Of Irish descent, he was born in Brookline, Massachusetts, on May 29, 1917. Graduating from Harvard in 1940, he entered the Navy. In 1943, when his PT boat was rammed and sunk by a Japanese destroyer, Kennedy, despite grave injuries, led the survivors through perilous waters to safety.

Back from the war, he became a Democratic Congressman from the Boston area, advancing in 1953 to the Senate. He married Jacqueline Bouvier on September 12, 1953. In 1955, while recuperating from a back operation, he wrote Profiles in Courage, which won the Pulitzer Prize in history.

In 1956 Kennedy almost gained the Democratic nomination for Vice President, and four years later was a first-ballot nominee for President. Millions watched his television debates with the Republican candidate, Richard M. Nixon. Winning by a narrow margin in the popular vote, Kennedy became the first Roman Catholic President.

4. Abraham Lincoln .

Abraham Lincoln is the third U.S president who died on seat. He died at the age of 50 in the year 1865.
Abraham Lincoln was the 16th president of the United States. He preserved the Union during the U.S. Civil War and brought about the emancipation of slaves.
Abraham Lincoln is regarded as one of America’s greatest heroes due to both his incredible impact on the nation and his unique appeal. His is a remarkable story of the rise from humble beginnings to achieve the highest office in the land; then, a sudden and tragic death at a time when his country needed him most to complete the great task remaining before the nation. Lincoln’s distinctively human and humane personality and historical role as savior of the Union and emancipator of the slaves creates a legacy that endures. His eloquence of democracy and his insistence that the Union was worth saving embody the ideals of self-government that all nations strive to achieve.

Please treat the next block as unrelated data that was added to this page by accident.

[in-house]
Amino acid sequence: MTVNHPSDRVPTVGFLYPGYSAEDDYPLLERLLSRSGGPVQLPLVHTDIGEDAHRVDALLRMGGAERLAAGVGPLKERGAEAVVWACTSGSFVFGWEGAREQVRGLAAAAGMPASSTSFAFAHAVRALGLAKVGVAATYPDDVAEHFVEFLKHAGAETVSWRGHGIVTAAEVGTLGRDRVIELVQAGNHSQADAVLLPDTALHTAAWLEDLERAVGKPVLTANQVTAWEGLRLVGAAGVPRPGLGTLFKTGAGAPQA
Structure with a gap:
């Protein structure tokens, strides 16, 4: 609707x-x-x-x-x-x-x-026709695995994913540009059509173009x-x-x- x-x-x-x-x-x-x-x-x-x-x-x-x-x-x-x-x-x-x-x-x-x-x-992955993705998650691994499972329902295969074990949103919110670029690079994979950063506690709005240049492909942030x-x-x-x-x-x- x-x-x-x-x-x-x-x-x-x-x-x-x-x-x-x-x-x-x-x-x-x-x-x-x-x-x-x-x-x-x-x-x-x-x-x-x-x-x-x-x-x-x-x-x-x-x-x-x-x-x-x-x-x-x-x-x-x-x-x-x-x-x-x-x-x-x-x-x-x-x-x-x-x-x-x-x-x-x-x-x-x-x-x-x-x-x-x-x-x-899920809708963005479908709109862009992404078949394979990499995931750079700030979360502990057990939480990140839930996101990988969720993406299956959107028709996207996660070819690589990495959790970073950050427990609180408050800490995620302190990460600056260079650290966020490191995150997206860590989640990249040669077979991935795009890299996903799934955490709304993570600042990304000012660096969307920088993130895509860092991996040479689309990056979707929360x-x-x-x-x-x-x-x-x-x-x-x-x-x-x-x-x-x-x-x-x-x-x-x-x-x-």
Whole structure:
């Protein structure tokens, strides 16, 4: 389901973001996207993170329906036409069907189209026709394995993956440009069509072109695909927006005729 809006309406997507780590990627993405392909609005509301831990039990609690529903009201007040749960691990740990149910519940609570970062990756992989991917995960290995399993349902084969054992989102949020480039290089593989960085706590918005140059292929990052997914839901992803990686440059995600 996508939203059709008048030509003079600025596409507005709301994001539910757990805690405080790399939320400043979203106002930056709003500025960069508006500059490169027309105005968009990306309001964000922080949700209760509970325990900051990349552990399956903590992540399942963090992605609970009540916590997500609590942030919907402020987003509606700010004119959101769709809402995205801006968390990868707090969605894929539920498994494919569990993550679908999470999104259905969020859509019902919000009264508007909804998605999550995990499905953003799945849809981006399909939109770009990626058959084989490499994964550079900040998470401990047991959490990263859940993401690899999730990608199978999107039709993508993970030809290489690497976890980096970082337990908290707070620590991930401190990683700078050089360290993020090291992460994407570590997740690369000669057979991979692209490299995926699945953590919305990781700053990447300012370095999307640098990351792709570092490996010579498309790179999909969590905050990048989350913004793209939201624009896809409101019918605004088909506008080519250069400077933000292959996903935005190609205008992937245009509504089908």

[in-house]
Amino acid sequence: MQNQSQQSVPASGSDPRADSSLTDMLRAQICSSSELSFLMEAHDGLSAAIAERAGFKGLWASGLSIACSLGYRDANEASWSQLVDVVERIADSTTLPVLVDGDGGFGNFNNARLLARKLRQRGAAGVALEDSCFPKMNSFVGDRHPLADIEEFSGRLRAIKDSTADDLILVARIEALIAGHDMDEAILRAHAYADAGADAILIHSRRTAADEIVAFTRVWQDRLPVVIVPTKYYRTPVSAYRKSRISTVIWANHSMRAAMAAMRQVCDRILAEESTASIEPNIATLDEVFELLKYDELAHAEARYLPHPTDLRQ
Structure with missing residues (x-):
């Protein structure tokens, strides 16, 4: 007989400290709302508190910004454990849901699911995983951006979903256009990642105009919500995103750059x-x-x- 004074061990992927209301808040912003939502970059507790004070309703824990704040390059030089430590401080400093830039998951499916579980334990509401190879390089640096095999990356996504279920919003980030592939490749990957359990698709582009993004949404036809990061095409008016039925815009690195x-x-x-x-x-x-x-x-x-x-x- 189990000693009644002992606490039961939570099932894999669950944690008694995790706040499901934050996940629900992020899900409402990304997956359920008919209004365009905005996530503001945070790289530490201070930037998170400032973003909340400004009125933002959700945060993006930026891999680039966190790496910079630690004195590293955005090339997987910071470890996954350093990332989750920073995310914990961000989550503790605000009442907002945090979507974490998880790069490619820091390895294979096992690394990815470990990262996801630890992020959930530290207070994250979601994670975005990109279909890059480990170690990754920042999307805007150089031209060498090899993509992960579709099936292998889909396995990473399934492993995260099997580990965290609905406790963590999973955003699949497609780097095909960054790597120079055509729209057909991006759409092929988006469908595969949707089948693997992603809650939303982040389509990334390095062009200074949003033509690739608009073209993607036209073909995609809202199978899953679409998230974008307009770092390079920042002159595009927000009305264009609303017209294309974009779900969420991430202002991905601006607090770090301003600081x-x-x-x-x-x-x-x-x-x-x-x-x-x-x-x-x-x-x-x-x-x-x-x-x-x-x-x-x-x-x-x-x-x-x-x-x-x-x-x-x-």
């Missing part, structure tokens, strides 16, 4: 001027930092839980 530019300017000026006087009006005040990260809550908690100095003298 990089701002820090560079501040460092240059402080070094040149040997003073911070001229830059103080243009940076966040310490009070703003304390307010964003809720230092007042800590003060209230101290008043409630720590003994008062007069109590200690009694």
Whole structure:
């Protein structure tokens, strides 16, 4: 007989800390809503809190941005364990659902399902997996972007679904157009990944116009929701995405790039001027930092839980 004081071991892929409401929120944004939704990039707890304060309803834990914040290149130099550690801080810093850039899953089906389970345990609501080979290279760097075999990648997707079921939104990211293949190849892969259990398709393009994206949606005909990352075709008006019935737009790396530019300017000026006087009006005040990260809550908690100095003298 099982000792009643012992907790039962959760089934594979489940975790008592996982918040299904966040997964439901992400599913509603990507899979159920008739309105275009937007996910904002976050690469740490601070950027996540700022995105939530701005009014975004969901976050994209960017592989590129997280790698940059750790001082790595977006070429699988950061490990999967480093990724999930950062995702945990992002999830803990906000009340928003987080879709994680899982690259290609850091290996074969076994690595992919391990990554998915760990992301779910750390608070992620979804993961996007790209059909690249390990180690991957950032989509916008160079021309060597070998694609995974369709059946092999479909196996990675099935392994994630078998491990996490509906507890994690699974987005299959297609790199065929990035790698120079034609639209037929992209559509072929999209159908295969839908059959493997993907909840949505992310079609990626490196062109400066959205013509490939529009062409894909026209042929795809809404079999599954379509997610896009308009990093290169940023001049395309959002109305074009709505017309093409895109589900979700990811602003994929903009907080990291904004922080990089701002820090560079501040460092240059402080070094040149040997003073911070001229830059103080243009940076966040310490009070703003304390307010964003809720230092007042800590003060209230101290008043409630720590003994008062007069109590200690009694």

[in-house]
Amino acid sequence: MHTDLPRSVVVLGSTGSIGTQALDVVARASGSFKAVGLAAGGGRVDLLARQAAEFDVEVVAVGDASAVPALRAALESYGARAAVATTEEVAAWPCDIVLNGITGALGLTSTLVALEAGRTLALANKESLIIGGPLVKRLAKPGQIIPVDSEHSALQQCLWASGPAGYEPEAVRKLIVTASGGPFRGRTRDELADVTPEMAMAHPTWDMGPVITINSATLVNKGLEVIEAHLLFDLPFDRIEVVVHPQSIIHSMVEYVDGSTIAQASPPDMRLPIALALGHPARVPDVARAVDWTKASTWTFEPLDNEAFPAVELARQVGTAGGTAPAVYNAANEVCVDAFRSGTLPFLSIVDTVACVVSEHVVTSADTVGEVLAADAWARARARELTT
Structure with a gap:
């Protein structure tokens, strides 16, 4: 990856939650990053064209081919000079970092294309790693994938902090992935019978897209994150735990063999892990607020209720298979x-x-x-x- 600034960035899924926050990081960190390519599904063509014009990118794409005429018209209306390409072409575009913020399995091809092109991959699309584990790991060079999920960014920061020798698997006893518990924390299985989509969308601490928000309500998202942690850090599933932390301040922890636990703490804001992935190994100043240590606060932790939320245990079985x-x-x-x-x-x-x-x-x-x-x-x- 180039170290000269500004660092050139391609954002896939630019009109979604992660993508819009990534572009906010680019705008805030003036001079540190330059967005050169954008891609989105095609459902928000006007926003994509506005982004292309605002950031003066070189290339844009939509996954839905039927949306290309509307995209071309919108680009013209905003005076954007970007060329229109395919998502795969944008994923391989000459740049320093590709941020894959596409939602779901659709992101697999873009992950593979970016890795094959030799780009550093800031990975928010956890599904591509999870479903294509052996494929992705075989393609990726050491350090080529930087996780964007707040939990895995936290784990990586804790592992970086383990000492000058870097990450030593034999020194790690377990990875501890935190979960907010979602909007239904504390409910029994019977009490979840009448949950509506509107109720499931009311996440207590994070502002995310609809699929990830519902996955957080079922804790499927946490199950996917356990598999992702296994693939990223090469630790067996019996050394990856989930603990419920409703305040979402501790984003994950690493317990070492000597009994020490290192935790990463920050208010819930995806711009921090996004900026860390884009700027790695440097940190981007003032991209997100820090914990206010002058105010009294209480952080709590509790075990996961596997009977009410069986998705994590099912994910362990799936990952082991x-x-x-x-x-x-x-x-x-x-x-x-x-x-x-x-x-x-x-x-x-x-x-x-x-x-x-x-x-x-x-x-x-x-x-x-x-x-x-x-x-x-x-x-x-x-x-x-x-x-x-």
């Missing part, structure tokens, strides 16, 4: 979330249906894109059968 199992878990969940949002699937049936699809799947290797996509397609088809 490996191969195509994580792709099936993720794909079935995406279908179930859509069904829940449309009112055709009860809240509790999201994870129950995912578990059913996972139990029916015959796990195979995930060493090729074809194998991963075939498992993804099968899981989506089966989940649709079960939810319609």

5. Franklin Delano Roosevelt 

Franklin is the seventh U. S president who died on seat. He died April 12, 1945.
January 30, 1882 – April 12, 1945), commonly known as FDR, was an American statesman and political leader who served as the 32nd President of the United States from 1933 until his death in 1945.

Running as a Democrat, he won a record four presidential elections (no other President had served more than two terms), was the longest-running president in U.S. history, and dominated his party after 1932 as a central figure in world events during the mid-20th century. He directed the United States government during an era of worldwide economic depression and total war.

His program for relief, recovery, and reform, known as the New Deal, involved a great expansion of the federal government’s role in the economy. As a dominant leader of the Democratic Party, he built the New Deal Coalition  brought together and united labor unions, big city machines, white ethnics, African Americans, and rural white Southerners in support of the party. The Coalition significantly realigned American politics after 1932, creating the Fifth Party System and defining American liberalism throughout the middle third of the 20th century.

Compiled and written by:

Temi Badmus.